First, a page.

Translation: Japanese banana spirit
Habitat: the Ryūkyū archipelago
Diet: sunlight and soil
Appearance: Bashō no sei are the spirits of Japanase banana trees (Musa basjoo). They are native to the islands of Okinawa, but are common in ornamental gardens across Asia. They usually appear as a human face amongst the broad, flat banana leaves.
Interactions: Bashō no sei are not particularly hostile or threatening towards people. They generally limit themselves to merely scaring humans by suddenly appearing next to them. For example, in one story a bashō no sei takes the form of a young woman, appears next to a meditating monk and asks him, “Can even inanimate plants attain buddhahood?”
They are not completely without danger, however—some local legends tell of bashō no sei assaulting and even impregnating humans. Women were warned not to walk near banana trees past 6 pm. If they did, they would run into a yōkai among the broad leaves—sometimes a monster, other times a handsome young man. Shortly after, the woman would become pregnant. When the baby was born 9 months later, it would have tusks or fangs like a demon. What’s more, the following year and again every year after that, the woman would give birth to another demon. Whenever a demon child was born, it would have to be killed by feeding it a poisonous drink made of powdered kumazasa (a type of bamboo grass); this is supposedly the reason why kumazasa is commonly found growing near houses in Okinawa.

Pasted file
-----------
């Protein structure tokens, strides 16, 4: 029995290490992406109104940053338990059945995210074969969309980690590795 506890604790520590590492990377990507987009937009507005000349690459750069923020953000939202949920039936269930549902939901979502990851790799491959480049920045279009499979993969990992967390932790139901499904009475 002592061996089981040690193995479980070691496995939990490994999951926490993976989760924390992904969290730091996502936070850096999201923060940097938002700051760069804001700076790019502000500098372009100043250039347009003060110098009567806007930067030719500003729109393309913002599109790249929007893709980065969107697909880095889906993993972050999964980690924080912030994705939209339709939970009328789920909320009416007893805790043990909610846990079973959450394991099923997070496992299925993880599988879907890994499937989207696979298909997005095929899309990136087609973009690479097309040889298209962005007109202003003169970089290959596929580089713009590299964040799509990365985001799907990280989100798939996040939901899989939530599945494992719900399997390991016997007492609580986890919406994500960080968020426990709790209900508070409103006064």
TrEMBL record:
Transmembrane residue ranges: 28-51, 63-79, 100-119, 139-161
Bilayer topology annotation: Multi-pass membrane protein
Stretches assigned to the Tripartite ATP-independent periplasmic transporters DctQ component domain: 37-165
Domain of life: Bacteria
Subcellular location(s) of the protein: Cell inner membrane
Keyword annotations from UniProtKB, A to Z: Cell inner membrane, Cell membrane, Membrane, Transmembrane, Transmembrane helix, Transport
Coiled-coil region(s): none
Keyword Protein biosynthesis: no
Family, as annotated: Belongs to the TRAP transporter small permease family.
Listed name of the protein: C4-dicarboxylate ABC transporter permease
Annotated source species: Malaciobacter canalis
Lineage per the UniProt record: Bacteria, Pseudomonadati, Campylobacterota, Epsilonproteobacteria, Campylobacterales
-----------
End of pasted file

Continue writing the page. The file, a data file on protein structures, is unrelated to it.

Origin: Stories about banana tree spirits are numerous across Japanese, Chinese, and Ryūkyūan folklore. The Edo period herbalist Satō Chūryō recorded his observations about these spirits in an essay. According to him, Ryūkyū’s banana orchards were so large that they contained rows of trees many miles long. If you walked past them at night, you were guaranteed to experience something strange. He observed that the spirits that come out of the banana trees did not cause any direct harm to people other than spooking them, but nevertheless could be avoided if you carried a sword. Chūryō’s theory was that banana trees weren’t necessarily unique in having spirits, but that because their leaves are so large and they were planted in such large numbers, it is particularly easy for humans to see these trees’ spirits. He believed that was the reason for the large number of superstitions about banana trees compared with other plants.
Legends: A story from Nagano tells of a priest who was sitting outside and reciting suttras when a beautiful young woman appeared and attempted to seduce him. The priest grew angry. He stabbed the woman with his sword and she ran away. The next morning, the priest found a bloody trail left by the woman he had stabbed. The trail lead to the temple’s gardens, where a bashō tree was lying on the ground, cut in two. The priest then realized that the woman was actually the spirit of the tree.